Nerves before the wedding are a good sign, in my opinion! I found the perfect man for me, who possessed all of the attributes that I wanted in a husband. But, the night before the wedding I realized what a huge step I was taking. If you have this rush of retrospection it just shows you’re aware of the importance of the marriage and the huge committment you’re making to your chosen one. You must trust your own judgement, and tell yourself that you used all of your experiences and intellect and chose this person as the one you have been looking for all along! It’s never a 50/50 partnership. Somedays you have to give more than 50% and some days you need your partner to give more. But, it’s great to be a couple with the one you love and respect more than any other. I send you both love and good wishes for a long and happy marriage knowing there will be good days and bad days. But then that’s true of everyone’s life!

  2. #2 by Mary lee, Jakarta, Indonesia on April 29, 2012 - 11:12 am

    I needed to read this now, Alice. Thank you for bravely writing with conviction and honesty.
    We all have regrets. It’s a sign of a life well lived. Not a safe life, but a winding road life. Super highways are a faster and maybe safer way to travel, but you’re different than that…you want to live with gusto, squeezing everything out of everything you can. And that means regrets and winding roads.
    And roads that lead to marriage. Yay!
    All the best. You are a good person and deserve to be happy.

    • #3 by Alice Melott on April 29, 2012 - 12:07 pm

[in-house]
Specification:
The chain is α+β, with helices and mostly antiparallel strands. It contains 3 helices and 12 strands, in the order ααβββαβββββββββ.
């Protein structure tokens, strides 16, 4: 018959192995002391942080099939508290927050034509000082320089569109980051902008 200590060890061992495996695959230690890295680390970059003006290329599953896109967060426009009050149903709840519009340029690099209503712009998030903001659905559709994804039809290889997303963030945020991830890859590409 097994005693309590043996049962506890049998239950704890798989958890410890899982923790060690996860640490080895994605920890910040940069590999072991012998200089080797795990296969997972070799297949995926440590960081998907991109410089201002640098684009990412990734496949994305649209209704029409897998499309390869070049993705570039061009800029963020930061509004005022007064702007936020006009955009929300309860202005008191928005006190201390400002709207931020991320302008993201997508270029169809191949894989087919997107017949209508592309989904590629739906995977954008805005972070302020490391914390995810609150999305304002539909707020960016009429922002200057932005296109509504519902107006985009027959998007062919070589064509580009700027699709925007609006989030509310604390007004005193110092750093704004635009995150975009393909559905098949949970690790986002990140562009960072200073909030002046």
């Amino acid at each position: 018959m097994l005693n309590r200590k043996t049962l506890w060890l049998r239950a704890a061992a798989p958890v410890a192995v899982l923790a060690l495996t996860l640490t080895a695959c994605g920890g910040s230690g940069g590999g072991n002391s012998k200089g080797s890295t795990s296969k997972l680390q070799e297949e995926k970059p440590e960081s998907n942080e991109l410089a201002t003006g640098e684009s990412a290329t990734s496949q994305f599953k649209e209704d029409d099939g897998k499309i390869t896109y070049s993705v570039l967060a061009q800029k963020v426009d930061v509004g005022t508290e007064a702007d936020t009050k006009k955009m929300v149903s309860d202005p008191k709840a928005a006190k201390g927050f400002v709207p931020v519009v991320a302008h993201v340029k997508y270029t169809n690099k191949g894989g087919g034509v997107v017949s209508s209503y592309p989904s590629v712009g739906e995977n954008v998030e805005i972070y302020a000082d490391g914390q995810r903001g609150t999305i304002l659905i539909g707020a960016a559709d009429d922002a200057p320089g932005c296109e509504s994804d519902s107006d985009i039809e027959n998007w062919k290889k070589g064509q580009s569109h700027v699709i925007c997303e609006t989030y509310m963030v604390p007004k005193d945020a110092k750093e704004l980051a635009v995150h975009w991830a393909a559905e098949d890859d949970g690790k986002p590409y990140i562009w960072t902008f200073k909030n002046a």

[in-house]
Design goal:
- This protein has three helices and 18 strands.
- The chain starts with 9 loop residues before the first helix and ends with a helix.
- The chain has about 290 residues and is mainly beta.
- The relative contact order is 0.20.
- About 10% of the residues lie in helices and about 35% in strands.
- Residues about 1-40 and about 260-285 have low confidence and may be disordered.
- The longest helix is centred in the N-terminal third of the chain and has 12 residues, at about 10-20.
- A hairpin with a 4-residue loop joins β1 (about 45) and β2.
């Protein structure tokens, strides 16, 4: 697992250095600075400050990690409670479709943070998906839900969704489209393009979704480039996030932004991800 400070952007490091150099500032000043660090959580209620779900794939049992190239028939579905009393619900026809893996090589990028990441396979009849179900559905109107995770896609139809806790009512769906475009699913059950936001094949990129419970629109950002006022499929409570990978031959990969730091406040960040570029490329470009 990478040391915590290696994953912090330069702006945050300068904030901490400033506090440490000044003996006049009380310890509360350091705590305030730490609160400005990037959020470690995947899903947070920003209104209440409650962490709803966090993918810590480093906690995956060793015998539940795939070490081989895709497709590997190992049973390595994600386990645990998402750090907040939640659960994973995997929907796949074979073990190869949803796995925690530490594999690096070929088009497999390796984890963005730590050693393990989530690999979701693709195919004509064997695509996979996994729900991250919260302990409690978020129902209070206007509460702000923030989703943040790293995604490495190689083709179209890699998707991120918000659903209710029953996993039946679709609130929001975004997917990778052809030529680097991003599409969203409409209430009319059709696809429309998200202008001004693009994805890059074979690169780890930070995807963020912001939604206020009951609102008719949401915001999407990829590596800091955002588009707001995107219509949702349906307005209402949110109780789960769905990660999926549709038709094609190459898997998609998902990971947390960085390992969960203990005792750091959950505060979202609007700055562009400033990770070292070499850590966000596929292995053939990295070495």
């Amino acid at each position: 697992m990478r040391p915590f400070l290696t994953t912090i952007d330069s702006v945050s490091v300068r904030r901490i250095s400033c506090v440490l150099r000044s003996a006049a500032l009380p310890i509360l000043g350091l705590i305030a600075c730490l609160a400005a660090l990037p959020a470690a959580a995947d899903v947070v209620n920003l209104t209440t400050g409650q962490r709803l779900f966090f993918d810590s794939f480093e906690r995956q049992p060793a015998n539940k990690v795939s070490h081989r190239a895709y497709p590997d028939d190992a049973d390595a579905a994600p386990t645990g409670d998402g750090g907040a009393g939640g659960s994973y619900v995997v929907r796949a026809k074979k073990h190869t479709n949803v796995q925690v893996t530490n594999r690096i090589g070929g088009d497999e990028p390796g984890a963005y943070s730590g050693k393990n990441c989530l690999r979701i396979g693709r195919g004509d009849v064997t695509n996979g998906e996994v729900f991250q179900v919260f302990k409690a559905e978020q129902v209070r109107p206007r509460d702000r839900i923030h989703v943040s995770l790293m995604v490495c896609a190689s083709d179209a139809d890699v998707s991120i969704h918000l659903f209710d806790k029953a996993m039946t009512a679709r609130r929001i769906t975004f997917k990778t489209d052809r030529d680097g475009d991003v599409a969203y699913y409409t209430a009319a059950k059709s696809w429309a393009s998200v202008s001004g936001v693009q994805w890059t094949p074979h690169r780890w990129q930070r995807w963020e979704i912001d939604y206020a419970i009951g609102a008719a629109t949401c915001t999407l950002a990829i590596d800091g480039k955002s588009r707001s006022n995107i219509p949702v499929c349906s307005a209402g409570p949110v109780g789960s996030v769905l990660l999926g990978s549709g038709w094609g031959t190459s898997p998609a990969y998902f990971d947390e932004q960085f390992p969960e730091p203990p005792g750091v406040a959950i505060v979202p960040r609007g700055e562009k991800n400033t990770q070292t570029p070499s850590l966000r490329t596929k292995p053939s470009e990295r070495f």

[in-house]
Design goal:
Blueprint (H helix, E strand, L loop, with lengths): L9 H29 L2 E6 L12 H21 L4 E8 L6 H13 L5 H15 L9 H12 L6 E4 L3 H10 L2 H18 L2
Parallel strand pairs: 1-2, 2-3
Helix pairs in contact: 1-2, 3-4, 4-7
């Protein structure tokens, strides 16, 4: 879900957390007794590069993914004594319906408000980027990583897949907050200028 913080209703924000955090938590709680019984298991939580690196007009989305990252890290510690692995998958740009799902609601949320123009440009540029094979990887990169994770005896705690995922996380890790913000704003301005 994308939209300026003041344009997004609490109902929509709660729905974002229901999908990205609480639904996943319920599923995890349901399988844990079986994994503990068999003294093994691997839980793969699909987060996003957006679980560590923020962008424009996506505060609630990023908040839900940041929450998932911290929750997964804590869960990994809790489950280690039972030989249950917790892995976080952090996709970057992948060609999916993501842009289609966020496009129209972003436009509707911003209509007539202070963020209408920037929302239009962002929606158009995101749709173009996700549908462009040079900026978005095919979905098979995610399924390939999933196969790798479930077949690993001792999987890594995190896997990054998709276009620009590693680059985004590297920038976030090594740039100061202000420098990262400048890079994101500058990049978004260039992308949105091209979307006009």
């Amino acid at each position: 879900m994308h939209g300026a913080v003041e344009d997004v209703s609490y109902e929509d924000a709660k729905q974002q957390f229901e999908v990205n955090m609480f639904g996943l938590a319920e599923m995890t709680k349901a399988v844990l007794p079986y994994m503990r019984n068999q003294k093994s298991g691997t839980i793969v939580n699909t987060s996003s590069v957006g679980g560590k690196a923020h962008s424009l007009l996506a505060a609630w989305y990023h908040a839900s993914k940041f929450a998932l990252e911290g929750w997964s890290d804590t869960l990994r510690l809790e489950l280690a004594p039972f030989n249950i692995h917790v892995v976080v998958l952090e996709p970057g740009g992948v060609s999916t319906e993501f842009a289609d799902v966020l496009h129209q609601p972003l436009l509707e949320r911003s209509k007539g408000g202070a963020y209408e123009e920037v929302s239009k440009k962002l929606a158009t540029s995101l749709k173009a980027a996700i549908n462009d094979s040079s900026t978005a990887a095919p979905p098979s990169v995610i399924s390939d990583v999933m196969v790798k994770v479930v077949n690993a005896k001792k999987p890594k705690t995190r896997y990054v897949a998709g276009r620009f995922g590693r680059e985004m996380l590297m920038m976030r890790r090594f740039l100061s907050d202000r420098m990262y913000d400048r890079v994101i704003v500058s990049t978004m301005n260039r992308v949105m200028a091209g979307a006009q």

I continue to be so happy for you, too, Mary Lee. Someday I’m still hoping you’ll come back to the States by way of Atlanta and we can commiserate on it all over a glass of wine. Hugs.

  3. #4 by Melissa on April 29, 2012 - 12:18 pm

    Journaling is a poor person’s access to therapy. That being said, I’ve lost the box where mine are stored. Yikes. They need to be burned. I’d like to apologize now to whoever finds this box first.

  4. #5 by Kim Mytelka on April 29, 2012 - 1:13 pm

    Alice, there is no one I know that deserves the happiness and contentment that your impending marriage will bring. (And just like Louise said, it does take work and it is not a 50/50 relationship all the time, but if you accept the give and take of your relationship you will be happier from the get-go.) I feel silly trying to give you advice. Just know that I am so happy for you and Jody. I am so glad that you found each other and found a way to make a home for yourselves with each other.

    Forgive yourself for your journal and for the hurt it may have caused your mother. She loved you – all of you – all of your thoughts and feelings. I know she understood the feelings you had at that time. She may have felt hurt that you, at that time, felt a need for more. But I know she understood. This is a regret that I know (I really know) she would not want you to carry with you. Forgive yourself for this one regret.